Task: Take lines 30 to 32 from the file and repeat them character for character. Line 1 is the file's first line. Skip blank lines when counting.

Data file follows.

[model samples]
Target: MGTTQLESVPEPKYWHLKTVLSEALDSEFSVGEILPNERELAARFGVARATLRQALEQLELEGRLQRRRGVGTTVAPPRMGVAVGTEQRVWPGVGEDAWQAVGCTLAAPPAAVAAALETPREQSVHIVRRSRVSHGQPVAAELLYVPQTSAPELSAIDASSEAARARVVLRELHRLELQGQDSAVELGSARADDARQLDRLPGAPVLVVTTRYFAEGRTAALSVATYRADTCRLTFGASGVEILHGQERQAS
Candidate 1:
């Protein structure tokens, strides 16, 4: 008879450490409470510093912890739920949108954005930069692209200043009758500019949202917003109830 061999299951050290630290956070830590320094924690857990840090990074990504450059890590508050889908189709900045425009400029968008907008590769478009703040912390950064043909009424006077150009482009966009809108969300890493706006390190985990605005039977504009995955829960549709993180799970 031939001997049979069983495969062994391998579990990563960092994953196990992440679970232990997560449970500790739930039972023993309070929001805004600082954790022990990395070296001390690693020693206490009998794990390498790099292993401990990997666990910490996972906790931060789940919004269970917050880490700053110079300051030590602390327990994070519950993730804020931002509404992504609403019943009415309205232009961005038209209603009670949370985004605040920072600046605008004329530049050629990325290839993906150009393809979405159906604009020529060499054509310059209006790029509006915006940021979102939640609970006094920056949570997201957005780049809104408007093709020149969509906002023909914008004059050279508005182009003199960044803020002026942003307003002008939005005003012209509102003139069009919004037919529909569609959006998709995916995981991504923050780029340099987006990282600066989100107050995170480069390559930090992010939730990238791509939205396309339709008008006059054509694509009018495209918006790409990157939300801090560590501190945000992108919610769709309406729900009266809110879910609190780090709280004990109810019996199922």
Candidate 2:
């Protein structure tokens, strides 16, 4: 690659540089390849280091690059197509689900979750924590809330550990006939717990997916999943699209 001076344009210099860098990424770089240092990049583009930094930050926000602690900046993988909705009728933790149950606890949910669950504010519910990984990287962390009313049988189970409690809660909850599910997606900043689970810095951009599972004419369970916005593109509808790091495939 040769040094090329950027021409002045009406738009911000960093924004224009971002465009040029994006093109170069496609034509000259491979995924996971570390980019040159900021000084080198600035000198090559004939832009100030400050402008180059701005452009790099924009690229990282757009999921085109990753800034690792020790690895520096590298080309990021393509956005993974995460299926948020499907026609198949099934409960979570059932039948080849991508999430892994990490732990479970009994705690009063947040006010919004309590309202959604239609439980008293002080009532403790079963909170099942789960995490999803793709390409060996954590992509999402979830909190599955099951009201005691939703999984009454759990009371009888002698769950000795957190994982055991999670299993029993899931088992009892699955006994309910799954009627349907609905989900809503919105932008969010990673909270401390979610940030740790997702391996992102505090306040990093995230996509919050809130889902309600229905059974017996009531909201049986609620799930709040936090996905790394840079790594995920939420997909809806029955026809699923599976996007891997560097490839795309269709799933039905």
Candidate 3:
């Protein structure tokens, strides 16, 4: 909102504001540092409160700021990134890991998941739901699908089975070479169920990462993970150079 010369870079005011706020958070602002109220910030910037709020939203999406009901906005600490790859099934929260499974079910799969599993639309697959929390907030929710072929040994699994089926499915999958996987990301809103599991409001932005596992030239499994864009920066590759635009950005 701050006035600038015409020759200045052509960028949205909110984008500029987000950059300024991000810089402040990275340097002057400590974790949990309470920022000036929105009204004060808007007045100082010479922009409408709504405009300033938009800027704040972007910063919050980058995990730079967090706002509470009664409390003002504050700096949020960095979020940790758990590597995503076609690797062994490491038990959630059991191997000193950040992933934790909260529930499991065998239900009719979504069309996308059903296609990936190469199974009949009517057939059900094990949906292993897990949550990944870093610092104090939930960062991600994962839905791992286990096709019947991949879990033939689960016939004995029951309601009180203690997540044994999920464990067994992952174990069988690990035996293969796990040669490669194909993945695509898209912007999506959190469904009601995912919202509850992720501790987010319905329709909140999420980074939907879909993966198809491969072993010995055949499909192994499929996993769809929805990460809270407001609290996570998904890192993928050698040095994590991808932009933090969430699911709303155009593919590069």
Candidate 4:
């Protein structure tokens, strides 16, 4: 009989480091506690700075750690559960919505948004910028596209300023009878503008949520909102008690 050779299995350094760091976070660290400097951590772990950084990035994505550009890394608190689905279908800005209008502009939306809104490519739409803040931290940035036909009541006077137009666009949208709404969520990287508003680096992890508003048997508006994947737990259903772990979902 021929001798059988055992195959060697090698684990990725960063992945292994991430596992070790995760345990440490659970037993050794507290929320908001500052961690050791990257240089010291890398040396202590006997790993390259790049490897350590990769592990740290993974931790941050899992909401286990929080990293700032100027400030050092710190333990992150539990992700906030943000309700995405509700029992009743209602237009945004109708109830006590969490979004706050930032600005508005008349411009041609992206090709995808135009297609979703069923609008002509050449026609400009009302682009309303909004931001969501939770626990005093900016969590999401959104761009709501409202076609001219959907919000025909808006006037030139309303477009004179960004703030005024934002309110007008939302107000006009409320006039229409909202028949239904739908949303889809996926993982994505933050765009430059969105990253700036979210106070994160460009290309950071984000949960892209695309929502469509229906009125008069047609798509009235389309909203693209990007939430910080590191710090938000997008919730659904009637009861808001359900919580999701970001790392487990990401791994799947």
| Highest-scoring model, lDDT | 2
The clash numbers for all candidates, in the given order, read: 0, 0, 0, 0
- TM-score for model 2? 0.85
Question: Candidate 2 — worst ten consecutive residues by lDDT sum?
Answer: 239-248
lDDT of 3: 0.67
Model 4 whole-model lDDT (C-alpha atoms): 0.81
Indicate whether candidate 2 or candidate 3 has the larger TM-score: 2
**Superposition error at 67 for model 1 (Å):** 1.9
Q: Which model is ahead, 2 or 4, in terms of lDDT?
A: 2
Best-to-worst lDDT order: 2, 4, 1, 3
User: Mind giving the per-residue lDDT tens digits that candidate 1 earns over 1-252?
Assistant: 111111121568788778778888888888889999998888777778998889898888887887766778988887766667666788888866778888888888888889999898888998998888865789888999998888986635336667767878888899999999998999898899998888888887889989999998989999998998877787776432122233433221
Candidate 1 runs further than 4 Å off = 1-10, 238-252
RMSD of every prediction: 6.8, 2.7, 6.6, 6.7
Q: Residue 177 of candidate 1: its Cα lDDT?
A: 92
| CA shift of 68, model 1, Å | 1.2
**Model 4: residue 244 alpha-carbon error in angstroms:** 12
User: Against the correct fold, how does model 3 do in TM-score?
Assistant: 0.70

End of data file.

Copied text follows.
**Model 4: residue 244 alpha-carbon error in angstroms:** 12
User: Against the correct fold, how does model 3 do in TM-score?
Assistant: 0.70